Metropolitan Promotes Water, Money Savings on the Big Screen and Beyond
District Launches Advertising Campaign Asking Southland Residents to Reduce Outdoor Water Use, Stop Drowning Their Plants
A novel approach to water conservation by the Metropolitan Water District of Southern California that encourages painless changes in outdoor water use and promotes appreciation of native, drought-proof plants hits the big screen, television, airwaves and news pages throughout the Southland.
Metropolitan's campaign, done in conjunction with its 26 member public agencies, includes print advertisements, public service announcements, cable television commercials, as well as movie theater slides throughout the district's six-county service area.
"The ads use whimsical illustration and humor to draw attention to the fact that we are facing the driest year in recorded history, and to call on Southern Californians to stop over-watering their plants, which is a major plant-killer," said Dr. Anthony Fellow, Metropolitan Director and chairman of the communications committee.
Comic book-like print ads debut in 13 newspapers, including the San Diego Union Tribune, Los Angeles Newspaper Group, Orange County Register, Riverside Press-Enterprise and the Inland Valley Daily Bulletin, this Sunday (Aug. 11), and run through Oct. 13.
A 30-second television spot will appear on local cable stations in the Inland Empire beginning later this month. A full-color slide will appear on more than 450 movie screens throughout the region from Aug. 23 to Sept. 19.
Metropolitan's multi-faceted campaign to encourage outdoor water conservation and promote the use of native and drought-tolerant plants in gardens was launched in July, with the help of actress Rene Russo, a native plant enthusiast. The district's new campaign shifts the focus of water conservation from inside the home to outside, where 30 to 70 percent of water is used.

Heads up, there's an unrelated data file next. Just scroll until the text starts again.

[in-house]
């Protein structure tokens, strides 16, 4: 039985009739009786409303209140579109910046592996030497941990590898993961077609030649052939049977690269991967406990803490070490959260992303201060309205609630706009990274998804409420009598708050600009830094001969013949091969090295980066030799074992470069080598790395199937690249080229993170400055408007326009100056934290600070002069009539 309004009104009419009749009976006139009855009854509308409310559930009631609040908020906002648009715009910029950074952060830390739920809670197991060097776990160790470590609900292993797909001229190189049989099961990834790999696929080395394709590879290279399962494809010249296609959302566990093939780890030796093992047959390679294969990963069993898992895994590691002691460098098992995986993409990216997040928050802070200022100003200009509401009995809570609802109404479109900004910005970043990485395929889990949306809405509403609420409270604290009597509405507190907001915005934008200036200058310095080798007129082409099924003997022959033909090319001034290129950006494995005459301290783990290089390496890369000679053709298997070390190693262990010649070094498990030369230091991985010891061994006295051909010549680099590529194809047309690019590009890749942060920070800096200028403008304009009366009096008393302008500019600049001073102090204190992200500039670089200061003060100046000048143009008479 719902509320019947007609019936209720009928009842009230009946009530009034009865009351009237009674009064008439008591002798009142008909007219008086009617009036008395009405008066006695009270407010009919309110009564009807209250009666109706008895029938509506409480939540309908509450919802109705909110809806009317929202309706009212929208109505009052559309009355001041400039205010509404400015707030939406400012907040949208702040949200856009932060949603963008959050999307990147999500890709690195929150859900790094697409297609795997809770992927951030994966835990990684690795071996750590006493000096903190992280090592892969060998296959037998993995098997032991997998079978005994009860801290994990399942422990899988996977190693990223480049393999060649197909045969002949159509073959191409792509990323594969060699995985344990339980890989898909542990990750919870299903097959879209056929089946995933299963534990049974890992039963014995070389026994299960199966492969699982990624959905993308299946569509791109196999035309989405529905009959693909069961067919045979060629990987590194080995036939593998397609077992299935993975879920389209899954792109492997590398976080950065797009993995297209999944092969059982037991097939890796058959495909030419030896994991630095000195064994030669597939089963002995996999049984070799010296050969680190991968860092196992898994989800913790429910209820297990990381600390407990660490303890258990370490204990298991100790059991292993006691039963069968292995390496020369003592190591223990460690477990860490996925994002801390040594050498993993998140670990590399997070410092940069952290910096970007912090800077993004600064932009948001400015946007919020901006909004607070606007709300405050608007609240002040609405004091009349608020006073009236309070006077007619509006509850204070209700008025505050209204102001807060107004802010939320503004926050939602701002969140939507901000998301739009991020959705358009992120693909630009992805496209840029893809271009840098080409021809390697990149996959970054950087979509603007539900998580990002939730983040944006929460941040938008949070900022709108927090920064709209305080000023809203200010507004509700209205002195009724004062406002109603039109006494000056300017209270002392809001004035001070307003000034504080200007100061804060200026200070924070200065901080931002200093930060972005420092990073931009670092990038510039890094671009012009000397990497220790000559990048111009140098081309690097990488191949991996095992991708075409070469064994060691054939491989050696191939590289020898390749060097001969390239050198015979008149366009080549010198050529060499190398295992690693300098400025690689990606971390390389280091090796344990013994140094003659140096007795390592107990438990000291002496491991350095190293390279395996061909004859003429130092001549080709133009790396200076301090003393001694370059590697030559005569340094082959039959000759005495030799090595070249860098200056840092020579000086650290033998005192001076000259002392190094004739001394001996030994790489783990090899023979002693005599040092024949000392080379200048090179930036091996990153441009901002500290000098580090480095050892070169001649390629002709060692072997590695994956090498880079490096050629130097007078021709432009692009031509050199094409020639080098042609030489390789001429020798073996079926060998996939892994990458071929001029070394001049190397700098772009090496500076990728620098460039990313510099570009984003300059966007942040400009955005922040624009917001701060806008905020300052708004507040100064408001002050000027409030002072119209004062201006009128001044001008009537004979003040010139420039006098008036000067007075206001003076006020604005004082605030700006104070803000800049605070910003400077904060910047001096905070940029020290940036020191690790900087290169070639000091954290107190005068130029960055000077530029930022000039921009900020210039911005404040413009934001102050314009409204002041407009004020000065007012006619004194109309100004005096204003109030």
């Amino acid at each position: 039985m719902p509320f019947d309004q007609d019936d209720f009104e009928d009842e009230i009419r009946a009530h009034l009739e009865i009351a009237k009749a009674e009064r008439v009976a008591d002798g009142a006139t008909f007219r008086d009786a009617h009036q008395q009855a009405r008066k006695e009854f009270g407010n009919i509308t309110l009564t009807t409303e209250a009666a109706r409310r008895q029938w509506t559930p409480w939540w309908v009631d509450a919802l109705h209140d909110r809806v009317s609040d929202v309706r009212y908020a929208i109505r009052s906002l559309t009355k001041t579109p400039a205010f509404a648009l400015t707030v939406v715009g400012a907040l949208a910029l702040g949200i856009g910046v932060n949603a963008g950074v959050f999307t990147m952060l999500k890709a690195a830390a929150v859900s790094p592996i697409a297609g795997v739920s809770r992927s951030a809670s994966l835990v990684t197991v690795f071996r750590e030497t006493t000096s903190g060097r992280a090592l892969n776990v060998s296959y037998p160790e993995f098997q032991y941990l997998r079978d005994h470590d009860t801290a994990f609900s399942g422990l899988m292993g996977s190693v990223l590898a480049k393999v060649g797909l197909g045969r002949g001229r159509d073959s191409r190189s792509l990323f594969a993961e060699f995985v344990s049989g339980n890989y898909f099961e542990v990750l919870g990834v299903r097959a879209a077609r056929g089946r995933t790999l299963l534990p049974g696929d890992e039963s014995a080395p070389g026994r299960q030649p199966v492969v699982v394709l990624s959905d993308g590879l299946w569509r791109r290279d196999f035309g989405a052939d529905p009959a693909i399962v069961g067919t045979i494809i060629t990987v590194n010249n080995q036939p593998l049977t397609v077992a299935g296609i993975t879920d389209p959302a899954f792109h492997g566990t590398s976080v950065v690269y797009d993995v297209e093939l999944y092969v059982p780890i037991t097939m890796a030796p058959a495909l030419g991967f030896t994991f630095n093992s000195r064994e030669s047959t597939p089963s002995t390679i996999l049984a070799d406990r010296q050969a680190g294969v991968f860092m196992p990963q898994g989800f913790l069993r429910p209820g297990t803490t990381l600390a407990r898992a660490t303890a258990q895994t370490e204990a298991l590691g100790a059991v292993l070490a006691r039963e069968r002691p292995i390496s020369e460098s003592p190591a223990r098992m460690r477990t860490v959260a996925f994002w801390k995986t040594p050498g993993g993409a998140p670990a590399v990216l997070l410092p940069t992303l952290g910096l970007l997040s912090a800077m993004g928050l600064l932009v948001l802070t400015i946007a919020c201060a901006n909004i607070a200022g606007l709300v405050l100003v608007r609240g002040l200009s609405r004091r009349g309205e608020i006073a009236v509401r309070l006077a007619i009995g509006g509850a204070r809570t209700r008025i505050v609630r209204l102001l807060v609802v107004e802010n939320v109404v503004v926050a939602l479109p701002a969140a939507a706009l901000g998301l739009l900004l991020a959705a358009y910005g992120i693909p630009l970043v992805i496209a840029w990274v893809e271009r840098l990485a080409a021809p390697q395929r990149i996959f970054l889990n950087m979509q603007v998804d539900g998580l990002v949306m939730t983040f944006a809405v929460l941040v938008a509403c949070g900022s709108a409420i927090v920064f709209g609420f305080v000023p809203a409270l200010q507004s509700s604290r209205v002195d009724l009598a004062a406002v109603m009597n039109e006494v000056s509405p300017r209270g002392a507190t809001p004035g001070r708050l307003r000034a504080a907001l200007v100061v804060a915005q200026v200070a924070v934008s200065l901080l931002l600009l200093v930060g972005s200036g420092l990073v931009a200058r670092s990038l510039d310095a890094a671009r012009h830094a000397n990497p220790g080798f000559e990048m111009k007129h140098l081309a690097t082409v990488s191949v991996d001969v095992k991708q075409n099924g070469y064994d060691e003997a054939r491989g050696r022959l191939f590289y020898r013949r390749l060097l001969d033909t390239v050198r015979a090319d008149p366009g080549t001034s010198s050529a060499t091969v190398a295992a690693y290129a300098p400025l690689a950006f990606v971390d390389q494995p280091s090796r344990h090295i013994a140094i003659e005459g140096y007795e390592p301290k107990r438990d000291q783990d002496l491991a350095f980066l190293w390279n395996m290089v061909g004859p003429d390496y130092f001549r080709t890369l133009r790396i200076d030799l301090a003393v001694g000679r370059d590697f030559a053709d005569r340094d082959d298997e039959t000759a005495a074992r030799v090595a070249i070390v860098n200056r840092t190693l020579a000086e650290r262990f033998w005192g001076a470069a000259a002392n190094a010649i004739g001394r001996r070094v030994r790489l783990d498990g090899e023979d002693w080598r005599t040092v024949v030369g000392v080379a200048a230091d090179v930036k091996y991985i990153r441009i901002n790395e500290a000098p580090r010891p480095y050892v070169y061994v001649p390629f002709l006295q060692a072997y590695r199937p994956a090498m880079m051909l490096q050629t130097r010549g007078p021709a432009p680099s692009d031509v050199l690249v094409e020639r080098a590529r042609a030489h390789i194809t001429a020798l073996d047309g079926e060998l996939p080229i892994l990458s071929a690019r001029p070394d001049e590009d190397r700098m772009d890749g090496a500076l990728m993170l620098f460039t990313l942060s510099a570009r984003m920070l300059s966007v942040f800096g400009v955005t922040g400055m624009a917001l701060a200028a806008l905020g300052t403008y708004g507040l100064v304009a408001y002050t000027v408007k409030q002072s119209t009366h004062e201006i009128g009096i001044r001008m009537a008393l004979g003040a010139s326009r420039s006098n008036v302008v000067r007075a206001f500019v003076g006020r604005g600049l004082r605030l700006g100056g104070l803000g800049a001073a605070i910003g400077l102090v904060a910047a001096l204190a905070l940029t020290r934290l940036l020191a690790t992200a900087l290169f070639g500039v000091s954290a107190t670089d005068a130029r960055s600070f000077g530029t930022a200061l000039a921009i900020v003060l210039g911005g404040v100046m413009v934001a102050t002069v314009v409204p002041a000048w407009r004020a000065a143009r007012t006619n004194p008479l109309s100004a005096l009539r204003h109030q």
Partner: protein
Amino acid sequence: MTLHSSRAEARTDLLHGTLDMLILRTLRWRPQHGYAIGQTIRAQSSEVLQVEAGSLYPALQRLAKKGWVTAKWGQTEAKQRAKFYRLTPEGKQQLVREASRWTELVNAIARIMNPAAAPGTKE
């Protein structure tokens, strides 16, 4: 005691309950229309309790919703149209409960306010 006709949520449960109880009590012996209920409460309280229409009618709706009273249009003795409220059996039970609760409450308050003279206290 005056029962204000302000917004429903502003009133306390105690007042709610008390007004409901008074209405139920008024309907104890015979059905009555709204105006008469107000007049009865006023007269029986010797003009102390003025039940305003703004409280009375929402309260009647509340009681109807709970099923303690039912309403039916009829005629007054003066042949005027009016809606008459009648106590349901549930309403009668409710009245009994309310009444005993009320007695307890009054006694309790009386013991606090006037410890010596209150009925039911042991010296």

"Most people over-water their gardens by up to five feet per year," the television spot voiceover reminds viewers. "Cutting back by just 10 percent would supply enough water for a medium-sized city for a whole year."
The campaign, created in-house by Metropolitan staff, is being launched in the state's second straight dry year, with record dry conditions in Los Angeles, San Diego and across Southern California. Despite the lack of rain, the region is still assured of a reliable water supply because of investments made by Metropolitan and its member agencies in water conservation, recycling and groundwater cleanup programs, as well as additional water storage.
"We don't see this as a quick fix. We are asking Southern Californians to take long-term measures that help us adapt to our region's natural climate variability," said Adan Ortega, Metropolitan's vice president for external affairs. "Starting now, we must take water conservation to the next level -- into our lifestyles and our homes."
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